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Definition of fluid and it’s description

Fluid is a substance that is capable of flowing.Fluid It has no definite shape of its own. It assumes the shape of its container. Liquids and gases are fluids.

Or, A fluid is a gas or liquid that, unlike a solid, flows to assume the shape of the container in which it is placed. This occurs because a fluid responds to a shear stress, or a force per unit area directed along the face of a cube of fluid, by  flowing, rather than by an elastic displacement as in a solid.

PROPERTIES OF FLUID   

1.DENSITY:  Density of a fluid is defined as the ratio of the mass of a fluid to its volume.

2.SPECIFIC VOLUME: Specific volume of a fluid is defined as the volume of a fluid occupied by a unit mass or volume per unit mass of a fluid.

3.VISCOSITY OF LIQUID: Viscosity is defined as the property of a fluid which offers resistance to the movement of one layer of fluid over another  adjacent layer of fluid.

 

Types of Fluids: Fluids can be classified into four basic types. They are:

1. Ideal Fluid

2. Real Fluid

3. Newtonian Fluid

4. Non-Newtonian Fluid

 

TYPES OF FLUIDS BASED ON VISCOSITY:

The fluids may be classified into following five types:

 

1. Ideal fluid

2. Real fluid

3. Newtonian fluid

4. Non-Newtonian fluid

5. Ideal plastic fluid

 

 

Ideal Fluid: An Ideal Fluid is a fluid that has no viscosity. It is incompressible in nature. Practically, no ideal fluid exists.

Or, An ideal fluid is a fluid that has several properties including the fact that it is:

  • Incompressible – the density is constant
  • Irrotational – the flow is smooth, no turbulence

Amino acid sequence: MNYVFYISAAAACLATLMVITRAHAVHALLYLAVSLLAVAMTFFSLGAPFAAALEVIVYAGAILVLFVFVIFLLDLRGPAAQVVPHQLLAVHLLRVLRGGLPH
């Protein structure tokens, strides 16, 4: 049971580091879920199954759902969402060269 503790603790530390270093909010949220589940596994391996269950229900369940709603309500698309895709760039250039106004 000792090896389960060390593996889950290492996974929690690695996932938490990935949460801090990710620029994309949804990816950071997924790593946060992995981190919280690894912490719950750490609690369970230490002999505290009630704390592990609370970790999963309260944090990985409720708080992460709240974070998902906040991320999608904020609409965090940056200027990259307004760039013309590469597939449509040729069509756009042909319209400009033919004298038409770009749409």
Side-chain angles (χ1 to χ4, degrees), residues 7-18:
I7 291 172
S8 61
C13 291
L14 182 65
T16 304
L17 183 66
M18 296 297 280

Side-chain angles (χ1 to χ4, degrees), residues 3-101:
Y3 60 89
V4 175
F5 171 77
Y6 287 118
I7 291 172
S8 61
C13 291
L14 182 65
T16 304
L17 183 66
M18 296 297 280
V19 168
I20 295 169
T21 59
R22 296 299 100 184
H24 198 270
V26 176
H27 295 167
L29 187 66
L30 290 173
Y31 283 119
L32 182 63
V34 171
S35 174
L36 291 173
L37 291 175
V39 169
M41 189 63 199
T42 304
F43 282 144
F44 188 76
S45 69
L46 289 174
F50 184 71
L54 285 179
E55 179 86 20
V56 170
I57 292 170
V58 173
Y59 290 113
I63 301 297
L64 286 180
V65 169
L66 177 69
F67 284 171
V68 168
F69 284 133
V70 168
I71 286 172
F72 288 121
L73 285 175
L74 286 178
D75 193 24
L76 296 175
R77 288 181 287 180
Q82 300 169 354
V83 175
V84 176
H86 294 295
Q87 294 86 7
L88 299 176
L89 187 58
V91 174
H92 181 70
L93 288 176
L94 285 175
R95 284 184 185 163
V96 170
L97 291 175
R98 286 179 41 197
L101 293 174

• Nonviscous –(Inviscid) fluid has no internal friction ( η = 0)

Ideal fluid do not actually exist in nature, but sometimes used for fluid flow problems.

We use ideal fluid in 2 equations :

1.Continuity equation

2.Bernoulli equation

 

Real Fluid: Real fluids are compressible in nature. They have some viscosity. Examples: Kerosene, Petrol, Castor oil.

Or, Fluid that have viscosity(μ > 0) and their motion known as viscous flow. All the fluids in actual practice are real fluids.

3. Newtonian Fluid:Fluids that obey Newton’s law of viscosity are known as Newtonian Fluids. For a Newtonian fluid, viscosity is entirely dependent upon the temperature and pressure of the fluid. Examples: water, air, emulsions.

Or, A real fluid in which the shear stress is directly proportional to rate of shear strain (or velocity gradient).

4. Non-Newtonian Fluid: Fluids that do not obey Newton’s law of viscosity are non-Newtonian fluids. Examples: Flubber, obleck (suspension of starch in water)

Or, A real fluid in which the shear stress is not proportional to the rate of shear strain.

5. Ideal Plastic Fluid:A fluid in which shear stress is more than the yield value and shear stress is proportional to the rate of shear strain (or velocity gradient).

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